The late Ismini (Pitsa) Parrett leaves a lasting legacy on the field of exercise therapy


“She was such a marvellous, wonderful woman. Everybody loved her and if you ever met her, you’d know why,” Ismini (Pitsa) Parrett OAM’s husband, Mr Colliss Parrett, tells The Greek Herald.

On Australia Day this year, Pitsa was recognised for her service to community health through exercise therapy and aquatic rehabilitation. Sadly, she was awarded an Order of Australia posthumously as Pitsa had passed away almost one year earlier in February 2020.

To honour the life of this incredible woman, The Greek Herald reached out to her husband, Colliss, and he didn’t hesitate at the chance to speak about his “marvellous wife.”

Meeting Pitsa and Living in London:

Colliss, a former migration officer, was on a posting to the Australian embassy in Egypt when he first met Pitsa and hired her as his secretary. After marrying, Colliss was asked to move to the Australian embassy in London and in November 1964, the happy couple landed in the United Kingdom.

For four years, Pitsa enjoyed living in the city and as Colliss says, she was “making new friends every day.” But eventually, they had to return to Australia by sea on the Italian ship, Galileo Galilei. It’s on this ship where Pitsa did the unexpected.

“The minute we got on the ship Pitsa goes to me, ‘Colliss, I think I’ll go ask the ship captain whether he will allow me to conduct exercise classes.’ And I said, ‘Okay, he can only say no, I suppose,” Colliss tells The Greek Herald.

Ismini with her husband, Colliss. Photo supplied.

“The captain agreed and gave her a pretty big room. On the first day, one woman turned up. The second day, two. The third day there were four. On the fourth day there were about seven and after about a week, the place was full. There were about 20 women doing Pitsa’s exercises.”

On arrival in Australia, Pitsa was able to continue her exercise classes in school and church halls across Canberra for a short time, before the couple returned to London two years later for Colliss’ job. Eventually, they returned to Australia permanently in the late 1960’s to early 1970’s, had twins (their daughter Melinda and son Marcel), and never looked back.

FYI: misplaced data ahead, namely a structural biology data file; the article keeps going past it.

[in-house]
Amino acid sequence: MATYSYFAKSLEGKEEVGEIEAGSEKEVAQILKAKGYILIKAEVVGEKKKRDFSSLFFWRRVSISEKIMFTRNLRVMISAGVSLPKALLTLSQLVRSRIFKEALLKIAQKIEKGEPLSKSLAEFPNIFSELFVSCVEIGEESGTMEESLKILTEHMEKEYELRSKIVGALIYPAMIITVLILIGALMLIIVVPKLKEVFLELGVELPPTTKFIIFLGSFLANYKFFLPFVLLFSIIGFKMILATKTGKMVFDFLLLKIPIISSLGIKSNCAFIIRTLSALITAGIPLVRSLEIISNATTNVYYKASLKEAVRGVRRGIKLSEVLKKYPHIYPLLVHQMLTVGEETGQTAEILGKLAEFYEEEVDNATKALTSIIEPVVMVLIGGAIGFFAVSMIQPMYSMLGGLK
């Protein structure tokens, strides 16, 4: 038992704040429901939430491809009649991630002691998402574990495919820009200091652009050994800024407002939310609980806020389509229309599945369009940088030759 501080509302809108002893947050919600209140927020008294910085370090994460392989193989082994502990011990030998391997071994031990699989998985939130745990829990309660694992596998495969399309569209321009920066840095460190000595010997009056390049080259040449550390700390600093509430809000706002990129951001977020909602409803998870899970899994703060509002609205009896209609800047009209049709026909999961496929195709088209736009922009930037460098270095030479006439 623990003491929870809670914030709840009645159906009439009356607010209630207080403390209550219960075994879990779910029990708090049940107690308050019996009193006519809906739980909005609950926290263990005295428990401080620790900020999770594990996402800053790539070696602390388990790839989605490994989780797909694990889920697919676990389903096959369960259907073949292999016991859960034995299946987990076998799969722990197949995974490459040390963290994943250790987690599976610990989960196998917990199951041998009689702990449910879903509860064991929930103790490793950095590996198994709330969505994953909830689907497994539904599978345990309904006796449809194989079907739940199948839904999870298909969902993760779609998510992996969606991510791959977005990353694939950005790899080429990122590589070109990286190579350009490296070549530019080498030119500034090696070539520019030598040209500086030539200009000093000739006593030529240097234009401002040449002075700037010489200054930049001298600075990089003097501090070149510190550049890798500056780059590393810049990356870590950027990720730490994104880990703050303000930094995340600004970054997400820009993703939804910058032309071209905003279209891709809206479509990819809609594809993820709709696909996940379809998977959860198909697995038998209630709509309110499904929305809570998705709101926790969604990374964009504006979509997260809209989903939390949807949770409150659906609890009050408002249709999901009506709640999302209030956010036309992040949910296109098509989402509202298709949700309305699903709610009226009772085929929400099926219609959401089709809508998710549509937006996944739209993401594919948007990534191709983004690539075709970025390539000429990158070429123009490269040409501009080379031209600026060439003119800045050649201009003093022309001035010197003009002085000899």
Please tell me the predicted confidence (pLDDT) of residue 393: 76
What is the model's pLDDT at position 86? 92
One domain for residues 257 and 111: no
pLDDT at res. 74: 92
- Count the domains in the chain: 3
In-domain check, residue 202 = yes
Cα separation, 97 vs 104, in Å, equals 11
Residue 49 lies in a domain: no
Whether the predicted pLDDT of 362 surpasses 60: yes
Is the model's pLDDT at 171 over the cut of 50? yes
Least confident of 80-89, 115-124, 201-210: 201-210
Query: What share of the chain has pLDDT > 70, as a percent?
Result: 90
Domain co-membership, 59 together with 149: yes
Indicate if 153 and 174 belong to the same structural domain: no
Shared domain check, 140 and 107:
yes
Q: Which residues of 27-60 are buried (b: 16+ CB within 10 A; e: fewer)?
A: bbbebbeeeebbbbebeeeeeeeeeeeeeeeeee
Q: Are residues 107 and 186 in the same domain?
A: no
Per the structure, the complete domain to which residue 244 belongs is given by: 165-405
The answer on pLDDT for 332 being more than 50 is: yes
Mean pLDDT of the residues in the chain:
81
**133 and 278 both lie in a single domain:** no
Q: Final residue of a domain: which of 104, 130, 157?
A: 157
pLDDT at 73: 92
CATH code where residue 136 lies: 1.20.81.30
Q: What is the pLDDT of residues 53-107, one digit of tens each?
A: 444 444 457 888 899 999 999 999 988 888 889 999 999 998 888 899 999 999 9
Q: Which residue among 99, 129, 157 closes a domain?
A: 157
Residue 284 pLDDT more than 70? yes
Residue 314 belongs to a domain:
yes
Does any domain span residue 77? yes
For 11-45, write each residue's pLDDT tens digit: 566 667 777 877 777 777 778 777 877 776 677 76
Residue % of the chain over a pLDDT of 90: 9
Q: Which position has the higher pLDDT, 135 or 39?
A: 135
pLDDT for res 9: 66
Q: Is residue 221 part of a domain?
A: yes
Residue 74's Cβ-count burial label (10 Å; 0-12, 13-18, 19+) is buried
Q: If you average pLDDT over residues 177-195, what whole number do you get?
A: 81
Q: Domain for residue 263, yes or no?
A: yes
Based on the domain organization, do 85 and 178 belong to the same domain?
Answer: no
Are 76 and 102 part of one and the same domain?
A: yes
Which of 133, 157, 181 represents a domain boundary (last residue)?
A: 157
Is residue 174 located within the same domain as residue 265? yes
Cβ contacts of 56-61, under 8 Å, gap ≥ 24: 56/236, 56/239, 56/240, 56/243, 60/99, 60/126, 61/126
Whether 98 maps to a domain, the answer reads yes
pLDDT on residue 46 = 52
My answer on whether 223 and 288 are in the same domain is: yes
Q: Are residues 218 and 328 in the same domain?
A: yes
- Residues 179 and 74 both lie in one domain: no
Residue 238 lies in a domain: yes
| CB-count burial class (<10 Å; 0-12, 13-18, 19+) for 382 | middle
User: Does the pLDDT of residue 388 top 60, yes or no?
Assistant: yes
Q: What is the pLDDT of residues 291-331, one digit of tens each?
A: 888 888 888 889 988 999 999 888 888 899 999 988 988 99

Making waves in the fitness industry:

After finally calling Canberra home and giving birth to her children, Colliss says Pitsa was determined to go back to work.

“Pitsa says to me, ‘I’m going to look after my kids, but I’ve got to go to work and I’m going to get someone to help look after them.’ We ended up employing an English lady who was retired and off Pitsa went,” Colliss says with love in his voice.

“Pitsa was a good woman. She looked after the kids, but she made sure she went back to work.”

Pitsa started her own full-time business as an exercise therapist and fitness instructor. The business was run from the couple’s home, which had been upgraded to ensure women were able to exercise with no interference or obstruction.

“Eventually the word spread and Pitsa was highly successful there. She used to have two to three classes a day and then we decided to extend. We put a heated swimming pool in, a sauna and a little sunspot area,” Colliss explains.

“It was so ideal and you know, she just kept getting bigger and better and more loved by her family and I.”

Pitsa’s lasting legacy:

Pitsa got so big and loved in fact, that she was later offered a job as an Instructor of Aquatic Rehabilitation, Aerobics, Aqua-Aerobics and Pilates at the Australian Institute of Sport. In this role, Pitsa came across some inspirational people, including a young man who wasn’t easy to forget.

“There was a young boy who was brought in by his mother and she goes, ‘I’ve heard how good you are Pitsa and I want you to please help my son.’ He was in a wheelchair. Pitsa said yes, of course,” Colliss says.

Ismini was ‘loved by everybody,’ her husband says. Photo supplied.

“… Pitsa got him in the water and slowly, slowly, after he’d been with her for about 14 months, he got better and he went back to work and didn’t have to come to her classes anymore.

“But one day, a few months later, Pitsa was conducting one of her classes and he walks in, goes straight to Pitsa and says, ‘I have no way of thanking you except to give you these two things.’

“He gave her a massive box of chocolates and the biggest bunch of flowers you’ve ever seen and later said, ‘I have no way to repay you, but I will love you for the rest of my life’.”

It’s clear that Pitsa had a lasting impact on all those around her and it’s for this reason that her passing last year left a gaping hole in not only the local Canberra community, but also the fitness and exercise therapy industry.

“There were 240 people at Pitsa’s celebration of life, nearly all her customers. I’ve never seen anything like it,” Colliss says.

“She was unbelievable, that woman. She wanted to do the thing she loved and always found a way to do it. I was so proud of her and honestly, everyone loved her.”




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